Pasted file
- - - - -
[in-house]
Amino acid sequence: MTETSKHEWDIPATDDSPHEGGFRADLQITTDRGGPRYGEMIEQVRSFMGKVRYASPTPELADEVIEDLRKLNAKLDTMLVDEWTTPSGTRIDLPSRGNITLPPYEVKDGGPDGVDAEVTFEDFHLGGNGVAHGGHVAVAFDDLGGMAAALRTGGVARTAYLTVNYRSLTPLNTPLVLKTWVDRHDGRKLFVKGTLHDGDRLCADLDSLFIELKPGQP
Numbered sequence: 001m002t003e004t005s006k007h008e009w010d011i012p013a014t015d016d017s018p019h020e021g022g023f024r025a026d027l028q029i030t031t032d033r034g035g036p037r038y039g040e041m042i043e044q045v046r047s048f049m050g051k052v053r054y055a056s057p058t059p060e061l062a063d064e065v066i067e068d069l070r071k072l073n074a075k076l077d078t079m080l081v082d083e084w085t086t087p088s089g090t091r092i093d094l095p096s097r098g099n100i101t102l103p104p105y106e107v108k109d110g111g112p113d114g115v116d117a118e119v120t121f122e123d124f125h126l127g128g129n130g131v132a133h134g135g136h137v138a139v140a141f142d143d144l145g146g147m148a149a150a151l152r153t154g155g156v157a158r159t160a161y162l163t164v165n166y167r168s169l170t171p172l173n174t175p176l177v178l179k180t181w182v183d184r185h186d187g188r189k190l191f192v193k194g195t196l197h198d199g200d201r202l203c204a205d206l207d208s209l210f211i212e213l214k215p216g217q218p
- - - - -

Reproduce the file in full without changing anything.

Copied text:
[in-house]
Amino acid sequence: MTETSKHEWDIPATDDSPHEGGFRADLQITTDRGGPRYGEMIEQVRSFMGKVRYASPTPELADEVIEDLRKLNAKLDTMLVDEWTTPSGTRIDLPSRGNITLPPYEVKDGGPDGVDAEVTFEDFHLGGNGVAHGGHVAVAFDDLGGMAAALRTGGVARTAYLTVNYRSLTPLNTPLVLKTWVDRHDGRKLFVKGTLHDGDRLCADLDSLFIELKPGQP
Numbered sequence: 001m002t003e004t005s006k007h008e009w010d011i012p013a014t015d016d017s018p019h020e021g022g023f024r025a026d027l028q029i030t031t032d033r034g035g036p037r038y039g040e041m042i043e044q045v046r047s048f049m050g051k052v053r054y055a056s057p058t059p060e061l062a063d064e065v066i067e068d069l070r071k072l073n074a075k076l077d078t079m080l081v082d083e084w085t086t087p088s089g090t091r092i093d094l095p096s097r098g099n100i101t102l103p104p105y106e107v108k109d110g111g112p113d114g115v116d117a118e119v120t121f122e123d124f125h126l127g128g129n130g131v132a133h134g135g136h137v138a139v140a141f142d143d144l145g146g147m148a149a150a151l152r153t154g155g156v157a158r159t160a161y162l163t164v165n166y167r168s169l170t171p172l173n174t175p176l177v178l179k180t181w182v183d184r185h186d187g188r189k190l191f192v193k194g195t196l197h198d199g200d201r202l203c204a205d206l207d208s209l210f211i212e213l214k215p216g217q218p